Last weekend, Macroeconomics, an economic consultancy headed by a former Australian Treasury official, estimated that the 2012-13 deficit would be $6.5 billion, due to a $6 billion shortfall in tax revenue. In 2013-14 the deficit would reach $17 billion without policy changes, and $22.9 billion in 2014-15. Moreover, Macroeconomics stated there would be a “structural deficit” (that is, after deducting $27 billion in revenues generated by still-historically high commodity prices) of $34 billion in 2012-13.

Macroeconomics said this structural gap had been produced by a combination of factors, starting with income tax cuts favouring the wealthy, introduced by the Howard Liberal and Rudd Labor governments. Then came the decline of business and capital gains taxes following the global financial crash, and large mining company depreciation claims arising from investments made during the China-related mining boom of 2010-12.

Commenting on this “$34 billion structural hole in the budget,” Business Spectator columnist Alan Kohler lamented that the coming federal election campaign, due within the next 12 months, would see both major parties asserting that “they will run budget surpluses without painful spending cuts or tax increases, when it will be plain to all that this is impossible.” In other words, savage austerity measures will be unleashed as soon as the election is out of the way, regardless of whichever party wins the poll.

Prime Minister Gillard’s response has been to step up her commitment to deliver a budget surplus. Appealing for the support of the leaders of Australia’s 100 largest companies, she told a Business Council of Australia dinner on Thursday that her government would make “further structural savings” in the budget. By cutting spending, she stated, the government had created the conditions for interest rate cuts that saved the business sector $18 billion a year in borrowing costs.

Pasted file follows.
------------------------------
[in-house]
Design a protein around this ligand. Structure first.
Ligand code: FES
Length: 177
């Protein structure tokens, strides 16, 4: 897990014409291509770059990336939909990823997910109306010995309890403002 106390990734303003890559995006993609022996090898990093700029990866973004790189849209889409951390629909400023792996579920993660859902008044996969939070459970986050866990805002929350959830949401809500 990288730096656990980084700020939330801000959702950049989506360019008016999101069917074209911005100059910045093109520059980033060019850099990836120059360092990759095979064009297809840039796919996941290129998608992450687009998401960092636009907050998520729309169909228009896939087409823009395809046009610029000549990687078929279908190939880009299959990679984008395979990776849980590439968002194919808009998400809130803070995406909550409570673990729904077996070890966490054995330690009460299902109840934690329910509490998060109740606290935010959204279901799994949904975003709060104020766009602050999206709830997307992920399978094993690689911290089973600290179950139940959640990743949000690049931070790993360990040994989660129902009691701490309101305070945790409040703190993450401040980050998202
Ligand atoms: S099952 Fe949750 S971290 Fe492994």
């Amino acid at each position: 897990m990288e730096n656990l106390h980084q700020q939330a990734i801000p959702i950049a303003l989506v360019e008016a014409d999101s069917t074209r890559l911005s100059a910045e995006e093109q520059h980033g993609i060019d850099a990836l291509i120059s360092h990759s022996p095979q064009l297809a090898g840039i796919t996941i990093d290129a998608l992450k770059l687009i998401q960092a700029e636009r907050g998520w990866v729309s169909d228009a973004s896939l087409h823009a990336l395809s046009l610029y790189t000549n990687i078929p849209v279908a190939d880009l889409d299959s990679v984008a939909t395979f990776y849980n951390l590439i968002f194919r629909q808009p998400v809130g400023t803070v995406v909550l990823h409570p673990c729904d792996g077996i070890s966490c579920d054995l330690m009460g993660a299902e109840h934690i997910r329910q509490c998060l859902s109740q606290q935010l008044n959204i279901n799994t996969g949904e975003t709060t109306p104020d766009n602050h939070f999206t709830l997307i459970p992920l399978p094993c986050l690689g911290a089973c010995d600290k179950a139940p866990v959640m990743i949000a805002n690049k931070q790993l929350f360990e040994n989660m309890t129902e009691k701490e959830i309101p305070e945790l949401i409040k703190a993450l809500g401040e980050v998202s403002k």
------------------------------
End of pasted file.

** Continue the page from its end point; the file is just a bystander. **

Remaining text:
Business leaders, however, are insisting that the government go much further to drive down labour costs, because of a deepening slump. The National Australia Bank (NAB) monthly business survey showed that in October business conditions fell to their lowest point since the initial aftermath of the global financial crisis in the May 2009. The bank’s index of business conditions dropped to -5 in October from -3 in September.

NAB said the fall was mainly prompted by global concerns, including a belief that US Federal Reserve and European Central Bank economic stimulus measures had not solved those economies’ wider problems. A record 72 percent of businesses saying they did not need finance now—an indication of future contraction.

NAB said the Australian economy was “undergoing a structural transformation towards mining and service-based industries, and away from traditional manufacturing and discretionary retailing.” But the mining investment boom is already breaking up, leaving Australian capitalism in a much-weakened state.

How far the austerity agenda being demanded by the corporate elite extends was underscored in May, when shadow treasurer Joe Hockey called for an end to the era of entitlement, insisting that continued funding for social programs was “simply unsustainable.”

In her speech to the Business Council, Gillard emphasised that the Labor government had made substantial steps toward dismantling welfare entitlements by “means-testing benefits” and “reforming the tax and transfer system to lift participation.” However, far deeper inroads are now being demanded.